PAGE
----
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Digital Cameras

The Hasselblad CFV-50c features a 50-megapixel CMOS sensor

Hasselblad has revealed that its iconic V System is set to get new lease of life, with the release of a new CMOS sensor-based digital back. The new digital back, which will work with almost every V camera made since 1957, is said to offer the same functionality and performance as the recent H5D-50c camera.  Read More

The CSIRO's HeatWave is a handheld 3D thermal imaging prototype

Thermal imaging has proven itself to be a useful adjunct to physical testing in areas including engineering, health, and agriculture. Until now, however, conventional 3D thermal imaging use has largely been restricted due to the specialized technical knowledge required to operate it and interpret the results. To address this, Australia's CSIRO has developed a prototype tool called HeatWave that is a lightweight, high-resolution 3D scanner that is claimed to be not only easy to carry, but easy to use as well.  Read More

The Pentax XG-1 bridge camera boasts an impressive reach and speed

Ricoh Imaging has unveiled its latest DSLR-style mega-zoom bridge camera, the Pentax XG-1. The new 16-megapixel camera features an almost ridiculous 24-1,248-mm equivalent focal length range, and can knock out a speedy nine frames per second. This, combined with its entry-level price-tag, looks sure to make the XG-1 a hit with wildlife and sports shooters on a budget.  Read More

The DJI Ronin uses the company's ZenMuse system, first designed for aerial videography

DJI Innovations is a company that's best-known for its consumer and professional-grade multicopters, including the popular Phantom line of quadcopters. One of its products, the ZenMuse, is a motorized gimbal designed to keep cameras steady and level when mounted beneath such aircraft. Now, that same tech is available for hand-held video cameras, in the form of the Ronin stabilizing rig.  Read More

Gizmag compares the Nikon D810 with the Nikon D800/E

Nikon has updated its line of massively megapixeled full-frame DSLRs with the addition of the D810, but how does the new shooter stack up against its predecessors, the D800 and D800E? Let's compare the specifications and core features of the cameras to see which one is right for you.  Read More

The IBELUX 40mm f/0.85 claims the title as the fastest volume production lens in the world

Mirrorless camera owners in search of fast glass and razor-thin depth of field have a new king of wide-aperture lenses to drool over in the form of the Handevision IBELUX 40mm f/0.85. It's the fastest volume production lens in the world, and the manufacturer claims it'll give you an image similar to an f/1.2 lens on a full frame camera.  Read More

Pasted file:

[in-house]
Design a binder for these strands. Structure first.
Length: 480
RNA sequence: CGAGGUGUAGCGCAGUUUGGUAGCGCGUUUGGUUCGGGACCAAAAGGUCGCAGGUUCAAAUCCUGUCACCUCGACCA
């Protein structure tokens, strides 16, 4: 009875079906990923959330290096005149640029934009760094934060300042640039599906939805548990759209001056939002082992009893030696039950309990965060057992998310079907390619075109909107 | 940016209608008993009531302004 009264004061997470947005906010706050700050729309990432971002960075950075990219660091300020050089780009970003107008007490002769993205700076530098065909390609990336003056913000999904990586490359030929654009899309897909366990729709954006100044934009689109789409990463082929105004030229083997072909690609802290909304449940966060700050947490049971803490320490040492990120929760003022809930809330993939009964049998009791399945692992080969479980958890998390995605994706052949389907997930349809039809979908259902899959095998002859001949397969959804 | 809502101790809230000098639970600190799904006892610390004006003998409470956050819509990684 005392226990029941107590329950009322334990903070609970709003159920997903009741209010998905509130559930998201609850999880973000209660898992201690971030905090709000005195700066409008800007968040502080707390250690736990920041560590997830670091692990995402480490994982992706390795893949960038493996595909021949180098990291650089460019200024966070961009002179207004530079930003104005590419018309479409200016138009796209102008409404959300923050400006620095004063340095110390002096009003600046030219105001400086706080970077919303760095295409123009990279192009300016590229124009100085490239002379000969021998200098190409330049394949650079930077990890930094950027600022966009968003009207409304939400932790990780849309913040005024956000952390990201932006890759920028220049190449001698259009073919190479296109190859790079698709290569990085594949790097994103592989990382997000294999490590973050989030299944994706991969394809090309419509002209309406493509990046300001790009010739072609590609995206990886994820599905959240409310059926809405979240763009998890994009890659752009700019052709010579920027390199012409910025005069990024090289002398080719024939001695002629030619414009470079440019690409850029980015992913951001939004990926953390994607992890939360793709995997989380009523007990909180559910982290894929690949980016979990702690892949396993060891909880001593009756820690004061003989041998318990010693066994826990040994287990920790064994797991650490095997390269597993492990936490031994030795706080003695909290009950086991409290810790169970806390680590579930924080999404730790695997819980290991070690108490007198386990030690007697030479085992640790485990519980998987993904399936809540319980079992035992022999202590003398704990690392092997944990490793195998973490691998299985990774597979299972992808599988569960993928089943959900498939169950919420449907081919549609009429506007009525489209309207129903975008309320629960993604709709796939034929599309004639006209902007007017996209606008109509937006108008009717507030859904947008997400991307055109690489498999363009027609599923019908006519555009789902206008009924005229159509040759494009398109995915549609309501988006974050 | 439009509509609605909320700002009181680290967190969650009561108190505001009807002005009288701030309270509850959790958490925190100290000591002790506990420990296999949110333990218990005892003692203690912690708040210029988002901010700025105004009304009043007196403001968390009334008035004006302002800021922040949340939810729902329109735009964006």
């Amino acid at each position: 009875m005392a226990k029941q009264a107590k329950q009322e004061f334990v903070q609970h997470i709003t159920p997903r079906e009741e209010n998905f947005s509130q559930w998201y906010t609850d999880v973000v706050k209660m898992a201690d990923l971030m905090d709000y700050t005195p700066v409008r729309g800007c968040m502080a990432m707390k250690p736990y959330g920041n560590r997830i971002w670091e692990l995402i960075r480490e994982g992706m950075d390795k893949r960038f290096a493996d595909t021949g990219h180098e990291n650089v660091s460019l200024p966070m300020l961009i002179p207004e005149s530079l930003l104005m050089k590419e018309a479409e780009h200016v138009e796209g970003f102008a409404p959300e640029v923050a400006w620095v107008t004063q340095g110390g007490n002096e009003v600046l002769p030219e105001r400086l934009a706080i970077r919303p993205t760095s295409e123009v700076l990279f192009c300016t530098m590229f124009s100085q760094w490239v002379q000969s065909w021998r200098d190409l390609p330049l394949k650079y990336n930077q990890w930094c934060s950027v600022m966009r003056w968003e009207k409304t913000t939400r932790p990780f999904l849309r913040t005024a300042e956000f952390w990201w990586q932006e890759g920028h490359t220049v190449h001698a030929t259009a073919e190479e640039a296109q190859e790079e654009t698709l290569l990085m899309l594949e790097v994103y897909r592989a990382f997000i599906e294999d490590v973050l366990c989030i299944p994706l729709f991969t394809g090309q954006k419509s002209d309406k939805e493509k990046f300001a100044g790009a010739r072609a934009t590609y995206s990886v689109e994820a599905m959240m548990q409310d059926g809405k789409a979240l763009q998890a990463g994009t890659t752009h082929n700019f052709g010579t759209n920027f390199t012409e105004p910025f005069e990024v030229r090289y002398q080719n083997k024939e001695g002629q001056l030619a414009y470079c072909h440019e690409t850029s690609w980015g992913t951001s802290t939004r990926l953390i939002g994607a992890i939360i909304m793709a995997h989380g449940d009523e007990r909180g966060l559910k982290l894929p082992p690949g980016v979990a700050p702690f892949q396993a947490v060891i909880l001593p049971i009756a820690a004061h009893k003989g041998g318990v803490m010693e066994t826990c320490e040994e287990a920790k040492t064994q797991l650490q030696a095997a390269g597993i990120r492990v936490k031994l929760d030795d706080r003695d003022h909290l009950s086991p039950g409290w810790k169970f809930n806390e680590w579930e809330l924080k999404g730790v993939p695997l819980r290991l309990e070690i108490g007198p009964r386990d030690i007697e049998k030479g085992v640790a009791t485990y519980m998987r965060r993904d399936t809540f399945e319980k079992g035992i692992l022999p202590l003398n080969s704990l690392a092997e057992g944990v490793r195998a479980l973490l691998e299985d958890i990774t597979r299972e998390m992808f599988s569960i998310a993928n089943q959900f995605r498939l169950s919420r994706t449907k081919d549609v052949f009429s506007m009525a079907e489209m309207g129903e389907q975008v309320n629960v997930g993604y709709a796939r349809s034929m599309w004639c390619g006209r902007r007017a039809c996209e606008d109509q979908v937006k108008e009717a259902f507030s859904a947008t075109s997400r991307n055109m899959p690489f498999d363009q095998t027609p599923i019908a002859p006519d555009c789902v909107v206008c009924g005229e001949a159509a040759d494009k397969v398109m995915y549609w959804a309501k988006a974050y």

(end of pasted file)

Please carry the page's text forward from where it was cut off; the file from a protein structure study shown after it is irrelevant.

Clutch is a quick-adjusting and low-profile hand strap (Photo: Peak Design)

Peak Design really doesn't want you to drop your camera. Following on from its Capture Camera Clips, and Leash and Cuff, the firm has now launched its fourth Kickstarter campaign. This time it's looking for funding for two more camera-carrying tools: Slide, a strap which can be worn on the shoulder, neck, or as a sling, and Clutch, a quick-adjusting hand strap.  Read More

The D810 is Nikon's latest big-megapixel full frame DSLR

Two years ago, when Nikon unleashed the D800 and D800E on the world, their 36.3-megapixel sensors shocked many photographers (and their hard drives). Now, Nikon has revealed its update to the megapixel-monsters in the form of the D810, an equally megapixeled beast with a wider ISO range, faster continuous shooting, and improved video functions.  Read More

The Fujinon XF 18-135-mm is the first weather-resistant XF lens from Fujifilm

Fujifilm has launched its first weather-resistant XF lens for the X-series lineup of interchangeable-lens cameras. The new lens, which would pair particularly well with the weather-tough Fujifilm X-T1, offers a versatile focal range and features an impressive five-stop image stabilization system which uses high precision gyro sensors.  Read More

An HDR still made from successive frames of video using HDRinstant

Ordinarily, cameras either expose for the dark areas of a scene by leaving everything else over-exposed, or for the brightest parts of a scene by leaving everything else under-exposed. Thanks to the advent of high dynamic range (HDR) photography, however, it's now possible to produce single images in which everything is exposed properly. Although HDR photos are typically captured with still cameras, HDRinstant software allows them to be created from frames of video.  Read More

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